Coordinates: 48° 39'N and 02° 00’W
Weather: Overcast, intermittent rain
Last night, we left the pasties and clotted cream of Cornwall behind and by morning, we had arrived off of Saint-Malo, which has one of the highest concentrations of seafood restaurants in all of Europe. We ate breakfast early so we’d be ready to watch Captain Luigi Rutigliano maneuver the Prince Albert II through a lock and into the protected harbour at Saint-Malo.
During the Middle Ages, Saint-Malo was a fortified island at the mouth of the Rance River, controlling not only the estuary but also the open sea beyond. The city has had a tradition of asserting its autonomy in dealings with the French authorities and even with the local Breton authorities. From 1490–1493, Saint-Malo declared itself to be an independent republic, taking the motto "not French, not Breton, but Malouins". Jacques Cartier, the explorer who is credited as the discoverer of Canada, lived in and sailed from Saint-Malo, as did the first colonists to settle the Falklands – hence the islands' French name Îles Malouines, which gave rise to the Spanish name Islas Malvinas.
After clearing customs, we disembarked the ship and entered through the massive stone walls of the city to explore its narrow cobblestone streets. Cafes featured the local savoury buckwheat crêpes called galettes, while the bakeries had specialties like kouign amann. The name of the latter derives from the Breton words for cake ("kouign") and butter ("amann"). After the first bite, it became immediately clear that this pastry is very aptly named.
In early afternoon, we boarded buses for a tour of the area. Some of us travelled to Montmarin and the grounds of the Malouiniére, an elegant estate constructed on the banks of the Rance River in 1760. Wealthy ship owners or merchants from Saint-Malo used this beautiful retreat as a summer residence.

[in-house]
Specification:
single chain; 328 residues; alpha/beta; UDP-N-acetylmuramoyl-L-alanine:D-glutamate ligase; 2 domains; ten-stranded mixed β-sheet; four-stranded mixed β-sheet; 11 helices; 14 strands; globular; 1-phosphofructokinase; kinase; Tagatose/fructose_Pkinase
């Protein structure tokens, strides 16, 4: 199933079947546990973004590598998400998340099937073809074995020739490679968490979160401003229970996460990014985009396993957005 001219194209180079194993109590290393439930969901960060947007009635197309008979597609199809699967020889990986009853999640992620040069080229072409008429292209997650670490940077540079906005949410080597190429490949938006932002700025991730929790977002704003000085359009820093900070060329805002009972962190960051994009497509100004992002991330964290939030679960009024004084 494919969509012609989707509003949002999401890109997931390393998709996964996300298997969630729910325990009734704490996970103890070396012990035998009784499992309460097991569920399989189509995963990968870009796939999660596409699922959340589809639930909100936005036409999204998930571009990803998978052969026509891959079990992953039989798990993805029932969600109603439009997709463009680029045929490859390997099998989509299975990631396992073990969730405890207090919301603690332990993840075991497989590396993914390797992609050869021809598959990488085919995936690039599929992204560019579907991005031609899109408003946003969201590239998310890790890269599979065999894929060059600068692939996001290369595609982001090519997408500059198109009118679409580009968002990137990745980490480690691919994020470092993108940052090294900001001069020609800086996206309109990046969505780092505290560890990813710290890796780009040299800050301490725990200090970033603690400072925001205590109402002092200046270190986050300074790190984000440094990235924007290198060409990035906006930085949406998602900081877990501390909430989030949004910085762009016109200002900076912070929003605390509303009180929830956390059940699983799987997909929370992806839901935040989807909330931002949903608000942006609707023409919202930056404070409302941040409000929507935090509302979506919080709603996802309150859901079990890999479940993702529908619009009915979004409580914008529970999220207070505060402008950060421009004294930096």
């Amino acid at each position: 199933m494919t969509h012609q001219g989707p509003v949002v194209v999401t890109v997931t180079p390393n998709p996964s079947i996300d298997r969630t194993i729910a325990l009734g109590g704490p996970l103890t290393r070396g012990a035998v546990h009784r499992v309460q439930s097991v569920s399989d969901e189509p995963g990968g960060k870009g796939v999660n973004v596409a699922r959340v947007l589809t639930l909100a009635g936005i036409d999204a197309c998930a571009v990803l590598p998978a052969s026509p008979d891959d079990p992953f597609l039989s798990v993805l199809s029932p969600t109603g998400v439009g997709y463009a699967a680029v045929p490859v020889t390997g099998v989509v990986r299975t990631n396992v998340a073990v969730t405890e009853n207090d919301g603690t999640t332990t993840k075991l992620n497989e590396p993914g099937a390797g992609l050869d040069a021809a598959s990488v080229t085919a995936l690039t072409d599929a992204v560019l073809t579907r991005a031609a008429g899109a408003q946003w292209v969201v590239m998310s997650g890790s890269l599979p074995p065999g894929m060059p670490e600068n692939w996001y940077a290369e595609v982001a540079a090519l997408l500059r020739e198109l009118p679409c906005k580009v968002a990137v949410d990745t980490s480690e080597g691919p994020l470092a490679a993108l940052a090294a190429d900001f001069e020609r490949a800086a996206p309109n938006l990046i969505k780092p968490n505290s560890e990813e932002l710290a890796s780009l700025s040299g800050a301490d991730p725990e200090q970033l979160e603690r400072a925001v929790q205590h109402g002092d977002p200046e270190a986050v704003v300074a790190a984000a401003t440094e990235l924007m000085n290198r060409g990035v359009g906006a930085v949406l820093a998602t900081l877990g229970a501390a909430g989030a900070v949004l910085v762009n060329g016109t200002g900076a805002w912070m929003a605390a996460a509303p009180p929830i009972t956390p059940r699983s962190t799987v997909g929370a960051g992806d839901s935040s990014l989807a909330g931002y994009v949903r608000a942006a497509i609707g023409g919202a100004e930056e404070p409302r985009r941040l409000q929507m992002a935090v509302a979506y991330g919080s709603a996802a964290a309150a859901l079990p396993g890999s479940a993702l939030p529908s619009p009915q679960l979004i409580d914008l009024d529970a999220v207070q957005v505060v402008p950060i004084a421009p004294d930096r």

Others headed east along the coast into Normandy to visit Mont Saint-Michel, a small tidal island dominated by a spectacular walled-in abbey. The island was originally connected to the mainland via a thin natural land bridge, which, before modernization, was covered at high tide and revealed at low tide. The tremendous tidal range at Mont Saint-Michel (roughly 14 meters/46 feet) resulted in medieval pilgrims nicknaming it “St. Michael in peril of the sea” due to the hazard of travelling there across the tidal flats.
We climbed the many steps up to the top of the abbey and were rewarded with views in all directions out across the exposed mudflats. We wandered through the maze of passageways, pausing in various rooms along the way to ponder what life must have been like in the this massive stone fortress.
We then travelled to the walled Breton town of Dinan, a picturesque settlement along the Rance River. The old part of the town, constructed as early as the 13th century, is located down along the meandering river, with a quaint stone bridge spanning the river’s turbid waters. A few steep winding streets connect the river area with the majority of the town’s buildings, which are perched high up on the steep hillsides. We visited the clock tower and the church before stopping at one of the many sidewalk creperies for an afternoon snack and a beer.
A scenic drive through the green countryside terminated back in Saint-Malo, and at the Prince Albert II. We shared stories over dinner before going outside to watch the ship pass back through the lock and head out to sea in the direction of the Channel Islands.